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Catch Him If You Can: ‘Midnight Special’ and Steven Spielberg’s Disciples

Warner Bros.
Warner Bros.

Welcome to the Church of Spielberg. Grab a pew up front. Tonight’s sermon comes from Jeff Nichols, the director of the new sci-fi movie Midnight Special.

You want a kid separated from his family (E.T., Empire of the Sun)? Midnight Special has one in the form of Alton, a goggle-wearing boy with amazing powers. You want a dweeby-but-heroic bureaucrat (Close Encounters of the Third Kind)? Yup, that’s here, too, in the form of Adam Driver’s Sevier. Midnight Special even channels Spielberg’s affection for suburbia. There’s a big scene at a gas station — no spoilers — and, I swear, the light emitted by the signs will comfort anyone who’s found themselves reading their phone while they gas up at midnight.

For us children of the ’80s, seeing Spielberg rebooted by the likes of Nichols and J.J. Abrams is strange. For one thing, Spielberg’s movies (according to Peter Biskind’s book Easy Riders, Raging Bulls) marked the end of the highbrow cinema of the ’70s. Now, we tend to think of E.T. and its ilk as sacred texts that can save us from the current CGI crapfest. “I’m a kid of the ’80s,” Nichols told The Verge, “so going to the movies meant going to see a Spielberg film.”

That’s the way the movies are made. But something has also changed in the way we talk about movies. Two decades ago, blabbermouths like Quentin Tarantino taught us to see every film as an homage to another film. A lens flare is the new Easter egg. Directors realized this, and began to eagerly offer up their source lists. “Close Encounters of the Third Kind, E.T., Starman, they were my inspirations,” Nichols told EW. “This is my sci-fi chase film.” Before any one of us knows whether it’s any good, Midnight Special becomes a kind of wine pairing with the movies of our youth.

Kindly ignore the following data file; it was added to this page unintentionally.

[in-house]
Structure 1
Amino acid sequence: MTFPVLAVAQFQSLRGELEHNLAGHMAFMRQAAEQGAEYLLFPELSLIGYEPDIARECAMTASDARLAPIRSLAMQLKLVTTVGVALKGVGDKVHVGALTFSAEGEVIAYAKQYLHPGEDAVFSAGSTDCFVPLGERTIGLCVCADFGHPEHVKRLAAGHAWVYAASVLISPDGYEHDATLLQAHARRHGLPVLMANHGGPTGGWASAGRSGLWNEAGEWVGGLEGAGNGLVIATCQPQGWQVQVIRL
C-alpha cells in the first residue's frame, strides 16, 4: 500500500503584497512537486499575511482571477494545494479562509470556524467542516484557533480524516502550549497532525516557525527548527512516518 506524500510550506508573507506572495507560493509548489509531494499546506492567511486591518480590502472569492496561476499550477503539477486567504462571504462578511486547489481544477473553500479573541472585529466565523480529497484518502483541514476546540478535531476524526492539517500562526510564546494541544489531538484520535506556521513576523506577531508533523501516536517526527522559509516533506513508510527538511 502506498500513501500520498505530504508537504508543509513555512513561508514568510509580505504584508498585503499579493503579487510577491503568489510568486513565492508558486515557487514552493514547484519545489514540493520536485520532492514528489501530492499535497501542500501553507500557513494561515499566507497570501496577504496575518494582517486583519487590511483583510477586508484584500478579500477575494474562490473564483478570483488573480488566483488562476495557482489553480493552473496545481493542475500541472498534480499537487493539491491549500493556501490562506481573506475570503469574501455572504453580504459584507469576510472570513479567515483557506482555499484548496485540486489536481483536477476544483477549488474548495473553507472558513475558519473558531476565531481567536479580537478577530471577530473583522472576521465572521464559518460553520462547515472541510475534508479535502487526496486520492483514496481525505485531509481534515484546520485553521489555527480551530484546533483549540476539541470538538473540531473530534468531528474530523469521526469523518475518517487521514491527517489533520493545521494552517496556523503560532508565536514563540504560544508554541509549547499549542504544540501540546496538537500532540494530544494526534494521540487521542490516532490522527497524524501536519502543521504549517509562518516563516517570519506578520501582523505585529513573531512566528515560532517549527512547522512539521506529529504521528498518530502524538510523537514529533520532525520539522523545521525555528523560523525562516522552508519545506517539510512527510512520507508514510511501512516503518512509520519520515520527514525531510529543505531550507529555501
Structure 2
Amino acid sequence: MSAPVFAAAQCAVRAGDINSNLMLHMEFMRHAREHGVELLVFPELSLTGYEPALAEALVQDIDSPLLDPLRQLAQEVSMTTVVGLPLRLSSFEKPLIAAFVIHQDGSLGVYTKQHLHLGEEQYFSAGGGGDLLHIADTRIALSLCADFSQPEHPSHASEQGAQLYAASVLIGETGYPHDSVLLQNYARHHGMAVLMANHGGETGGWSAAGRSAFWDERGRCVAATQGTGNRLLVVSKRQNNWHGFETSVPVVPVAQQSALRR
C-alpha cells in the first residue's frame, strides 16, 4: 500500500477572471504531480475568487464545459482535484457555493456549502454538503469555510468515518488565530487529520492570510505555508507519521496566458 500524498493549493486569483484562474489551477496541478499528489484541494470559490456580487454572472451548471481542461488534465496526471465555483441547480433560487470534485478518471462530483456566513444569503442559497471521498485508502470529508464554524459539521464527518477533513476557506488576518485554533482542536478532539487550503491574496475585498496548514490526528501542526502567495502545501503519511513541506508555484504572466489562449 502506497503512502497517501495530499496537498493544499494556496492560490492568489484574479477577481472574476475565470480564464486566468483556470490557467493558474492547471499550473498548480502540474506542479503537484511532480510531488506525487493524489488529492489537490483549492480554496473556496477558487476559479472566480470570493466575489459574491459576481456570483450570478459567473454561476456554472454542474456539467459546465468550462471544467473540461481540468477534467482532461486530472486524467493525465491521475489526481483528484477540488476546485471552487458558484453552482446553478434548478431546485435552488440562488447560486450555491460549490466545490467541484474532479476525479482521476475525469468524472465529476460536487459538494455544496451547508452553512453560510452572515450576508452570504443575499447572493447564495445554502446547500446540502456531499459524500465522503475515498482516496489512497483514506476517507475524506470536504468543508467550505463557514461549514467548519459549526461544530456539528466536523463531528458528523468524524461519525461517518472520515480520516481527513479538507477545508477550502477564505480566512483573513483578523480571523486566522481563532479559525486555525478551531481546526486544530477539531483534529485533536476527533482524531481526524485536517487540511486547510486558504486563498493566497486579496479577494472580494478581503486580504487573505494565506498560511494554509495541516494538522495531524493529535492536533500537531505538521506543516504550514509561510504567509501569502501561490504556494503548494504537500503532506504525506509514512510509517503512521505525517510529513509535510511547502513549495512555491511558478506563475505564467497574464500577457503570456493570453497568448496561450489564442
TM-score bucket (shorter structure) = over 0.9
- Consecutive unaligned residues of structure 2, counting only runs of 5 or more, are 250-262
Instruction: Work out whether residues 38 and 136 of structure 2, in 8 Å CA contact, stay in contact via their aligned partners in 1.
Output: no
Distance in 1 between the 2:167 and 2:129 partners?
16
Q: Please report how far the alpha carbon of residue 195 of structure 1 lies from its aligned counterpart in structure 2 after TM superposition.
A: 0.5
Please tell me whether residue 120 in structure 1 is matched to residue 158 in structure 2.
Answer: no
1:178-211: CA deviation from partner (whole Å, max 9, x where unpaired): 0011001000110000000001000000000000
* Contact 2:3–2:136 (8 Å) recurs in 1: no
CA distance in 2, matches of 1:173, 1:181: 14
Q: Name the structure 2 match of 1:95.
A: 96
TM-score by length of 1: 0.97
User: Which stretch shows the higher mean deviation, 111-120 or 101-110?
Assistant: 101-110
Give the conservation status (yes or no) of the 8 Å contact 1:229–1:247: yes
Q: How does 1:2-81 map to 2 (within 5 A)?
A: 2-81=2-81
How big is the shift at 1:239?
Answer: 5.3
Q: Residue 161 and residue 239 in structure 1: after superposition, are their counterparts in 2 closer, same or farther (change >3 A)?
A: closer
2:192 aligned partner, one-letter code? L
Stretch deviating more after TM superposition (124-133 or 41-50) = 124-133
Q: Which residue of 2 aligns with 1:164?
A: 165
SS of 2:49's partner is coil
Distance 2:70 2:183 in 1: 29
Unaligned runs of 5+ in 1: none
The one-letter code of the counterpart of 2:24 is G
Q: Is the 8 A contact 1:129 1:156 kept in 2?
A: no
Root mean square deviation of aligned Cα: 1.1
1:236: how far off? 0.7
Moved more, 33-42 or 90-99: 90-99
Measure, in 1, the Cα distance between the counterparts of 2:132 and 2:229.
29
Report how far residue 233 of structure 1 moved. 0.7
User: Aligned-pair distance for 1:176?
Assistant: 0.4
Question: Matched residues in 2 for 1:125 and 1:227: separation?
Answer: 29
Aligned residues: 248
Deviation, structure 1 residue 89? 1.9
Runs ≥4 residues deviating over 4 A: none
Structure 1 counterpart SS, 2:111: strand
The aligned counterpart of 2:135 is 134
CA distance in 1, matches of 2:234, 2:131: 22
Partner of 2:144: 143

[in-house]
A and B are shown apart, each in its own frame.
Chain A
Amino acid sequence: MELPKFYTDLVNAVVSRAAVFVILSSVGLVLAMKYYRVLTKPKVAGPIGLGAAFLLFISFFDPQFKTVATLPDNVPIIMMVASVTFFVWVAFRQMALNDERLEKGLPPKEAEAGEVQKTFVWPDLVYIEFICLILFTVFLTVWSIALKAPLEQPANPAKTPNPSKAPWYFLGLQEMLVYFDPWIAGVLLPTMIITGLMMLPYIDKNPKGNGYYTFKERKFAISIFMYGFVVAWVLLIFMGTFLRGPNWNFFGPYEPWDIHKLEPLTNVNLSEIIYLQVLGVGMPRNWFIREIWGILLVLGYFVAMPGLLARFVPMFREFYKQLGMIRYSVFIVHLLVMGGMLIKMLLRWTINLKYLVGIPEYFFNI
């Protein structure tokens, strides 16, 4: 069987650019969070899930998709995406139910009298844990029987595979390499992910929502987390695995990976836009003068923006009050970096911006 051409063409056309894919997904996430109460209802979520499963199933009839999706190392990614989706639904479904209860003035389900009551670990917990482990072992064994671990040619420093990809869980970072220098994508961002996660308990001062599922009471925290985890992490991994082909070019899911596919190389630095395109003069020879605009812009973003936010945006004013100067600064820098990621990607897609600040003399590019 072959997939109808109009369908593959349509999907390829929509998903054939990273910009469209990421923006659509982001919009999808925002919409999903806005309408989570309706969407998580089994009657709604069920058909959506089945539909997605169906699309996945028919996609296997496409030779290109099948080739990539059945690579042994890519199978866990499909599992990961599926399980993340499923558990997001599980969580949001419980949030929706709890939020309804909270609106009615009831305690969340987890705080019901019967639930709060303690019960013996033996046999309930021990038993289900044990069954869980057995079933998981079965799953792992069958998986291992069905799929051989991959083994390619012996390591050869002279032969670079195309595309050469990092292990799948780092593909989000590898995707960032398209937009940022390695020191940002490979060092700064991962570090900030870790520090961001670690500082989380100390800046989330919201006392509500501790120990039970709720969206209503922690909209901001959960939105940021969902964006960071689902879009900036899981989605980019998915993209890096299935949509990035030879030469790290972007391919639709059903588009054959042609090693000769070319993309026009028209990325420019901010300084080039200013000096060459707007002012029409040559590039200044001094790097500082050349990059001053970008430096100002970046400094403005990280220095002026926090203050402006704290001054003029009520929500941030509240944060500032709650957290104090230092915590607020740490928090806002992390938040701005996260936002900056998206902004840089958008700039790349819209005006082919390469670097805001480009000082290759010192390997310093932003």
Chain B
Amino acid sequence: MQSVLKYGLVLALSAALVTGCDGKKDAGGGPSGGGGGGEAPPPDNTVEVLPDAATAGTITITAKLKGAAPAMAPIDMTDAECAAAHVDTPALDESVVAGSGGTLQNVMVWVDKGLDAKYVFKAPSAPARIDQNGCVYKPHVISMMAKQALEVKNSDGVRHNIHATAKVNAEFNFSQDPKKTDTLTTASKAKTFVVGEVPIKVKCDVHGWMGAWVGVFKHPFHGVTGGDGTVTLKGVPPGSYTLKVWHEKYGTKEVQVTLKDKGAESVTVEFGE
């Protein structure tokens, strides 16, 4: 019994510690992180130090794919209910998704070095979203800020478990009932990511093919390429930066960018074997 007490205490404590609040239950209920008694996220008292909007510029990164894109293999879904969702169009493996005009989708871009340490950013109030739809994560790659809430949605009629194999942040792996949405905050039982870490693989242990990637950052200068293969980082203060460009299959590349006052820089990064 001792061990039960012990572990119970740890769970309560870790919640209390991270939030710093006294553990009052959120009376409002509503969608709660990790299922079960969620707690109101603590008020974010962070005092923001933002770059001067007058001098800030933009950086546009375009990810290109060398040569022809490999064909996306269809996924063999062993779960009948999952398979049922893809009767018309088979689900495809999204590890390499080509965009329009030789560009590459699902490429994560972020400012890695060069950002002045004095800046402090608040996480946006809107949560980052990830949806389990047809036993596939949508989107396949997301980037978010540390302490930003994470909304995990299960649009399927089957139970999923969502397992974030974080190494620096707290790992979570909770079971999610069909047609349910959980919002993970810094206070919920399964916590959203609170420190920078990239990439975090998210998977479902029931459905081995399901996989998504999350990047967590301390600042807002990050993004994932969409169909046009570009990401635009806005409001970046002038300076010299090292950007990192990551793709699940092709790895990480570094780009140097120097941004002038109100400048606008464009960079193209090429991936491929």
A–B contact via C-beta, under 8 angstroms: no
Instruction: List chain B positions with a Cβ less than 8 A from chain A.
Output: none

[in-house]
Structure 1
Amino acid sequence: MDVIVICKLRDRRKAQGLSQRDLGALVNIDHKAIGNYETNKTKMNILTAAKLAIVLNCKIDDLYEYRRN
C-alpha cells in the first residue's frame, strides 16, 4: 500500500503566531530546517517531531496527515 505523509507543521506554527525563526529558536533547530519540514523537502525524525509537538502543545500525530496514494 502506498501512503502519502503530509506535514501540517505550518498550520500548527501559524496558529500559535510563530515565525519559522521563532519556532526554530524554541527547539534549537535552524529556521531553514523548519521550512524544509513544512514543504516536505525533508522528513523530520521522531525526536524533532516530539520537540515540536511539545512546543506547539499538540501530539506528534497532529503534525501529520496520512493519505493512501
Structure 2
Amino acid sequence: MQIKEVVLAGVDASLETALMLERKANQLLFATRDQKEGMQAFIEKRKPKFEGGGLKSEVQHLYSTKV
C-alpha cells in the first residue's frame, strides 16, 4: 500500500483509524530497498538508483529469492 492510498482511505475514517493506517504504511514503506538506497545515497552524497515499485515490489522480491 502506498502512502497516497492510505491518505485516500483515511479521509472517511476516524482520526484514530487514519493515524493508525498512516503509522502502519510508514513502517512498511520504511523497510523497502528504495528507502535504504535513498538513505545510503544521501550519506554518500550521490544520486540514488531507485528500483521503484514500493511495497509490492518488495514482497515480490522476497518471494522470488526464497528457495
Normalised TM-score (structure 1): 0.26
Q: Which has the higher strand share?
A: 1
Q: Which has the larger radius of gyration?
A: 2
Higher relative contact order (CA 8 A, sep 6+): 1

A cinematic father like Spielberg has many children. Abrams is really more of an auteur of marketing than of movies; what excites him is the sell. (See the usual mystery-box jive that came with 10 Cloverfield Lane.) What excites Nichols is filmmaking. As he admitted in several interviews, he had to direct three movies before he figured out how to acquire a big budget and push from a major studio. (Warner Bros. is releasing Midnight Special.)

And for all of Midnight Special’s Spielbergian gloss, there are a lot of differences. Nichols has little of Spielberg’s ability to craft an organic father-son vibe. He can do Uncle Steve’s awe, but not his tenderness. Midnight Special isn’t exciting in the conventional, blockbustery sense, either — it’s not meant to be. As Nichols told The Verge, he took a spot in the movie where the audience would expect a big chase scene and stuck in … a traffic jam. Maybe he didn’t want all of us thinking, “OK, let’s see how the guy does the Raiders of the Lost Ark chase, the Duel chase.”

In a way, it’s comforting. Midnight Special is a reboot of Spielberg’s wonder but not a rip-off of his actual films. Nichols has studied the masters and accepted the comparisons, but forged his own path toward the supernatural light. Amen.

This piece originally appeared in the March 18, 2016, edition of the Ringer newsletter.